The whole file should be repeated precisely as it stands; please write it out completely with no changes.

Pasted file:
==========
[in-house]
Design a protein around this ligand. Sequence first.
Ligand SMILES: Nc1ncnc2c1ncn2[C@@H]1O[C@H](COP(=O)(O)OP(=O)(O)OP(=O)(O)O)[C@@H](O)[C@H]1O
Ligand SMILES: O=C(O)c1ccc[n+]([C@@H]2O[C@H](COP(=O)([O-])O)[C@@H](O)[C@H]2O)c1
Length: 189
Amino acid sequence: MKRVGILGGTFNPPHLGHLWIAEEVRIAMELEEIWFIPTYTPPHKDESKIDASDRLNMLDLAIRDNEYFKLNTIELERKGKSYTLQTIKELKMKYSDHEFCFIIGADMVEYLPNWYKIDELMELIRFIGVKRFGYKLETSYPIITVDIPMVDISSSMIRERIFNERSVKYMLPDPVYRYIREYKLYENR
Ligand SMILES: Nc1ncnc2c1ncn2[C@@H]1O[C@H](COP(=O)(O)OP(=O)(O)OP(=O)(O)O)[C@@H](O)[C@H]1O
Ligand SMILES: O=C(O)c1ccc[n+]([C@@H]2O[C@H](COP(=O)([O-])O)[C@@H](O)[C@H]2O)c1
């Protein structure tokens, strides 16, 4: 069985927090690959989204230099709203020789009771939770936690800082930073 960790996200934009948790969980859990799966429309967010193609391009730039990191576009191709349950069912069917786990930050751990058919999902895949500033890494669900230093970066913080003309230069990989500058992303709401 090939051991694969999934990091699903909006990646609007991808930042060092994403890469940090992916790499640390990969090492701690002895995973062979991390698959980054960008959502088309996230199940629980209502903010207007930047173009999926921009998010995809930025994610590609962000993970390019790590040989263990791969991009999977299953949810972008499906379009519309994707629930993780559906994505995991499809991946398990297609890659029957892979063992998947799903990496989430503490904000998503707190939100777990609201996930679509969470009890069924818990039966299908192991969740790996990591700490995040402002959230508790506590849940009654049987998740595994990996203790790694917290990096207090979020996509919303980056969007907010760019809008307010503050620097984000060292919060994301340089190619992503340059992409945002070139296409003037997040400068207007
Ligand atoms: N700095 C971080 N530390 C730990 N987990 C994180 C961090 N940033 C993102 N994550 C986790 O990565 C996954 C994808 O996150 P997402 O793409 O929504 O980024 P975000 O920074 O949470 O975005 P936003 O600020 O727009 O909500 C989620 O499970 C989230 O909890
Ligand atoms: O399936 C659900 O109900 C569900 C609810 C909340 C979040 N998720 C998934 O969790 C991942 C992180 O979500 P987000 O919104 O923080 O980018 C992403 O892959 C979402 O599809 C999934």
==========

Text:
[in-house]
Design a protein around this ligand. Sequence first.
Ligand SMILES: Nc1ncnc2c1ncn2[C@@H]1O[C@H](COP(=O)(O)OP(=O)(O)OP(=O)(O)O)[C@@H](O)[C@H]1O
Ligand SMILES: O=C(O)c1ccc[n+]([C@@H]2O[C@H](COP(=O)([O-])O)[C@@H](O)[C@H]2O)c1
Length: 189
Amino acid sequence: MKRVGILGGTFNPPHLGHLWIAEEVRIAMELEEIWFIPTYTPPHKDESKIDASDRLNMLDLAIRDNEYFKLNTIELERKGKSYTLQTIKELKMKYSDHEFCFIIGADMVEYLPNWYKIDELMELIRFIGVKRFGYKLETSYPIITVDIPMVDISSSMIRERIFNERSVKYMLPDPVYRYIREYKLYENR
Ligand SMILES: Nc1ncnc2c1ncn2[C@@H]1O[C@H](COP(=O)(O)OP(=O)(O)OP(=O)(O)O)[C@@H](O)[C@H]1O
Ligand SMILES: O=C(O)c1ccc[n+]([C@@H]2O[C@H](COP(=O)([O-])O)[C@@H](O)[C@H]2O)c1
């Protein structure tokens, strides 16, 4: 069985927090690959989204230099709203020789009771939770936690800082930073 960790996200934009948790969980859990799966429309967010193609391009730039990191576009191709349950069912069917786990930050751990058919999902895949500033890494669900230093970066913080003309230069990989500058992303709401 090939051991694969999934990091699903909006990646609007991808930042060092994403890469940090992916790499640390990969090492701690002895995973062979991390698959980054960008959502088309996230199940629980209502903010207007930047173009999926921009998010995809930025994610590609962000993970390019790590040989263990791969991009999977299953949810972008499906379009519309994707629930993780559906994505995991499809991946398990297609890659029957892979063992998947799903990496989430503490904000998503707190939100777990609201996930679509969470009890069924818990039966299908192991969740790996990591700490995040402002959230508790506590849940009654049987998740595994990996203790790694917290990096207090979020996509919303980056969007907010760019809008307010503050620097984000060292919060994301340089190619992503340059992409945002070139296409003037997040400068207007
Ligand atoms: N700095 C971080 N530390 C730990 N987990 C994180 C961090 N940033 C993102 N994550 C986790 O990565 C996954 C994808 O996150 P997402 O793409 O929504 O980024 P975000 O920074 O949470 O975005 P936003 O600020 O727009 O909500 C989620 O499970 C989230 O909890
Ligand atoms: O399936 C659900 O109900 C569900 C609810 C909340 C979040 N998720 C998934 O969790 C991942 C992180 O979500 P987000 O919104 O923080 O980018 C992403 O892959 C979402 O599809 C999934």